CHAPTER XIII: How Virtue beginneth in Reason and Will and is perfected in Love and Liking, or Affection
THUS have I told thee a little of Contemplation what it is, to the intent that thou mightest know it and set it as a mark
before the sight of thy soul, and to desire all thy lifetime to come to any part of it by the grace of our Lord Jesus Christ.
This is the conforming of a soul to God, which cannot be had unless it first be reformed by some perfection of virtues turned
into affection; which is when a man loveth virtues because they be good in themselves. Many a man
hath the virtues of humility, patience and charity to his neighbour, and such other only in his reason and will, and hath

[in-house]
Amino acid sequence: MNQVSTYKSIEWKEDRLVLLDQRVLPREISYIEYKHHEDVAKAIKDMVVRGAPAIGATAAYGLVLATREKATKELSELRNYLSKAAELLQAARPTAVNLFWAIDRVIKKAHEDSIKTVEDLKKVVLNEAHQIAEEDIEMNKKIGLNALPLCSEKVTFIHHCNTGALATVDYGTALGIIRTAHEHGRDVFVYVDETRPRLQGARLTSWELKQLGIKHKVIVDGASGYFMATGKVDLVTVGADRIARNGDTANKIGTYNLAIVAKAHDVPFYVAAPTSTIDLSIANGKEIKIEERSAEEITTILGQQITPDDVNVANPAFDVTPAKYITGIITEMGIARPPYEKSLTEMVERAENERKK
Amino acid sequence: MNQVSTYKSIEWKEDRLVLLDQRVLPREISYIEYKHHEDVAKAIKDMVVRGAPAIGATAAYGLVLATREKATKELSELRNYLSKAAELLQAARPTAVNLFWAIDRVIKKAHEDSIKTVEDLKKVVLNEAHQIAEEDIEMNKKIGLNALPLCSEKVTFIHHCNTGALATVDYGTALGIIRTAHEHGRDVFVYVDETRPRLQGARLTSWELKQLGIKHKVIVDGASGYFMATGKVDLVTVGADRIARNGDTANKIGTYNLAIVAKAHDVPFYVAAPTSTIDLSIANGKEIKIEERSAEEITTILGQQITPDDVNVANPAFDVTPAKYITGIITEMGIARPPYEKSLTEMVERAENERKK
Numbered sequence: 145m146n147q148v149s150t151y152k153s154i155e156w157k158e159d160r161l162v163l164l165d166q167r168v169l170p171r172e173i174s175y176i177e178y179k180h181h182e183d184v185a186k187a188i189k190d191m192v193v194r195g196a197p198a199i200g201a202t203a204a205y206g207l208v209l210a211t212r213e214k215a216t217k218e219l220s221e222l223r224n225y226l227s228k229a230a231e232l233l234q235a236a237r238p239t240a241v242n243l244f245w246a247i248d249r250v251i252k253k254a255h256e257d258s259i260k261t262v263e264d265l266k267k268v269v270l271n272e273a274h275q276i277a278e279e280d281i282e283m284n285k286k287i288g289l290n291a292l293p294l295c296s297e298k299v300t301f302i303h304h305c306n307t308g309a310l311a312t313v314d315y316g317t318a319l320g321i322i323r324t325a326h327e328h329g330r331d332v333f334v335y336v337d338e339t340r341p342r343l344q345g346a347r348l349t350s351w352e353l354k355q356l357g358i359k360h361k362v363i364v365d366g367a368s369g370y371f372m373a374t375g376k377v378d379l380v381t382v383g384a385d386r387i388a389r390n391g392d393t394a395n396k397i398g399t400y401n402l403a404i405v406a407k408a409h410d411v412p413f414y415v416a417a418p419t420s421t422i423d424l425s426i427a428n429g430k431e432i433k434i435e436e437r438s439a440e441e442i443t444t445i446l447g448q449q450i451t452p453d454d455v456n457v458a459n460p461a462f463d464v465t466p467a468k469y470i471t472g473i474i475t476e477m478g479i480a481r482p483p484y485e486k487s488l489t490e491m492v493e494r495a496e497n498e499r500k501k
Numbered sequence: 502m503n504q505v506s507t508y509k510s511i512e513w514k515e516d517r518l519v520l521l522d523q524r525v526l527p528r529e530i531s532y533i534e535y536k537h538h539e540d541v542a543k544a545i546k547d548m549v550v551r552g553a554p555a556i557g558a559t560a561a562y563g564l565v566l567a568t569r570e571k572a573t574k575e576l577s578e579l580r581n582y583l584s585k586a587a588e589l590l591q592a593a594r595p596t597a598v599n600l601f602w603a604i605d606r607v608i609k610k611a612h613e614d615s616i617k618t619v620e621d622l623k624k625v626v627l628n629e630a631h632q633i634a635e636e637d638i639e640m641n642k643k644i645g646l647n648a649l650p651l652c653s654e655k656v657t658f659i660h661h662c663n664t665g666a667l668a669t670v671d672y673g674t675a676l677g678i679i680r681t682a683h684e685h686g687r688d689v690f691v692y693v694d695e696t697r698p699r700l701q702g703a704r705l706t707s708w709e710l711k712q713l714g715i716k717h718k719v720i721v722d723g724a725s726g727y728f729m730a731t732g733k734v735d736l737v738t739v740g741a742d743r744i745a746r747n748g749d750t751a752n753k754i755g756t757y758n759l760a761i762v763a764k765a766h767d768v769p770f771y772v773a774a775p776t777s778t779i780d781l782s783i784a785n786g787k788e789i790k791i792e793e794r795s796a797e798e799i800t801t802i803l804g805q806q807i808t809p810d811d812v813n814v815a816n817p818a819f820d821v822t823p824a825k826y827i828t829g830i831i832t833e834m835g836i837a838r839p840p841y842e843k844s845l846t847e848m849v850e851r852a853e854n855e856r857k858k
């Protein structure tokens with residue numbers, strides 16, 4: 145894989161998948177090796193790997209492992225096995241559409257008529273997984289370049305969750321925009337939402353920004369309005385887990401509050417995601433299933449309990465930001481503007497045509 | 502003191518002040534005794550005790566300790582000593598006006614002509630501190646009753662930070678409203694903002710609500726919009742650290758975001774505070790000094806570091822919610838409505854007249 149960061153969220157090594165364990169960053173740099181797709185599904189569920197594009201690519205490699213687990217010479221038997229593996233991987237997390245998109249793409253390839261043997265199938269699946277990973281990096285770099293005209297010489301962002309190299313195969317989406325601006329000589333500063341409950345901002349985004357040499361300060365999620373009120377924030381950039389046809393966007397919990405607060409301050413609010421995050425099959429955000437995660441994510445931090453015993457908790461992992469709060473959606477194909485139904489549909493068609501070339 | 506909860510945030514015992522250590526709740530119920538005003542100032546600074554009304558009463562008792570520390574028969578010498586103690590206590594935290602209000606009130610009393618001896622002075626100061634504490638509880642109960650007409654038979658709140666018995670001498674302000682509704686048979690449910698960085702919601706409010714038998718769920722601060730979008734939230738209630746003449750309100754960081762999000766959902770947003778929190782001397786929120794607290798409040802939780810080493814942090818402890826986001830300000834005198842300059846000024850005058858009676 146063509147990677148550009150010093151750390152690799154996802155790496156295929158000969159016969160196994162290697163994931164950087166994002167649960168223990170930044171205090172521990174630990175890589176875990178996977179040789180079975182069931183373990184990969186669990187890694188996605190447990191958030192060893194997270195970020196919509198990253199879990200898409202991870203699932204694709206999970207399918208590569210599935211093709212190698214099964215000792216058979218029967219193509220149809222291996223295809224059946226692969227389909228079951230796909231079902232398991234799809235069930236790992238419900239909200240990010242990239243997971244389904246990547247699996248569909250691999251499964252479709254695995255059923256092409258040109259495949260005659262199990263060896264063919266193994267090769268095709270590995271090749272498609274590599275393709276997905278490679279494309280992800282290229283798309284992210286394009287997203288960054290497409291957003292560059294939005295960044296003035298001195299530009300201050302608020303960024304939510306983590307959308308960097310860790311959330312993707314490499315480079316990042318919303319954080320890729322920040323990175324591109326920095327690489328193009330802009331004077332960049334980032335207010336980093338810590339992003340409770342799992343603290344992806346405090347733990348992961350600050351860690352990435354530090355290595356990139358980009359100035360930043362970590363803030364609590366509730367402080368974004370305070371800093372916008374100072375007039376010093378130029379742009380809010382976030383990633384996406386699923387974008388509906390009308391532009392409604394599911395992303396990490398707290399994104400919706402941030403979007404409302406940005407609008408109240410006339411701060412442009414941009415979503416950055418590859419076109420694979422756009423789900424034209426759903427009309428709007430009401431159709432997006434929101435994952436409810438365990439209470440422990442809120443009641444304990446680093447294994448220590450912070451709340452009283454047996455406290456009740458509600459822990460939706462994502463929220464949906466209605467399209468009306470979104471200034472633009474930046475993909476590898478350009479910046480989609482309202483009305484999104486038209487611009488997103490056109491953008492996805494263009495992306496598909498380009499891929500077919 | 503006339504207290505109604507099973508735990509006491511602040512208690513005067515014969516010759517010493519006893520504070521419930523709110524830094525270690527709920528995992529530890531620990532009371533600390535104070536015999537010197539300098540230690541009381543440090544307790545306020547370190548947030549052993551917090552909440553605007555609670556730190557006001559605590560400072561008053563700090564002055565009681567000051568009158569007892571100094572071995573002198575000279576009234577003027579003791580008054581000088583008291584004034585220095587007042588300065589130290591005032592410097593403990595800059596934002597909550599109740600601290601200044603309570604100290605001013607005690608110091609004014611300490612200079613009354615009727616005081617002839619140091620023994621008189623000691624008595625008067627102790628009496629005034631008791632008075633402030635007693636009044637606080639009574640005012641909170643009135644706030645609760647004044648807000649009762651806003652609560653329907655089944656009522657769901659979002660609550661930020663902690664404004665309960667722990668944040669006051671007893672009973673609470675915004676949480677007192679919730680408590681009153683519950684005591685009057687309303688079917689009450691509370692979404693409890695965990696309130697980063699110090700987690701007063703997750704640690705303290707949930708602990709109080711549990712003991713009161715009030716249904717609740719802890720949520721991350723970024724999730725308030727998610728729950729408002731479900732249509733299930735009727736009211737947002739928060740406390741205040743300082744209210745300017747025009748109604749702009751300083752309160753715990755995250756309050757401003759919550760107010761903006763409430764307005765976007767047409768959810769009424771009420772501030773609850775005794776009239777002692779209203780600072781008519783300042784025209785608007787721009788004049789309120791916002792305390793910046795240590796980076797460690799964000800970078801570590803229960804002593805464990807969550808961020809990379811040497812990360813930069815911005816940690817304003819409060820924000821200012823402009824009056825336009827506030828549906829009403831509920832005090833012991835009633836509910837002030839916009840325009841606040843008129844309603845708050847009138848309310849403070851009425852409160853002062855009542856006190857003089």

no spiritual delight nor love in them, for ofttimes he feeleth grudging heaviness and bitterness for to do them, and yet nevertheless
he doth them, but ‘tis only by stirring of reason for dread of God. This man hath these virtues in reason and will, but not
the love of them in affection. But when by the grace of Jesus and by ghostly and bodily exercise reason is turned into
light and will into love, then hath he virtues in affection; for he hath so well gnawn on the bitter bark or shell of the
nut that at length he hath broken it and now feeds on the kernel; that is to say, the virtues which were first heavy for to
practise are now turned into a very delight and savour, so that he takes as much pleasure in humility, patience, cleanness,
sobriety and charity as in any other delights. Verily till these virtues be turned thus into affection he may well have the
second part of Contemplation, but the third, in sooth, shall he not have.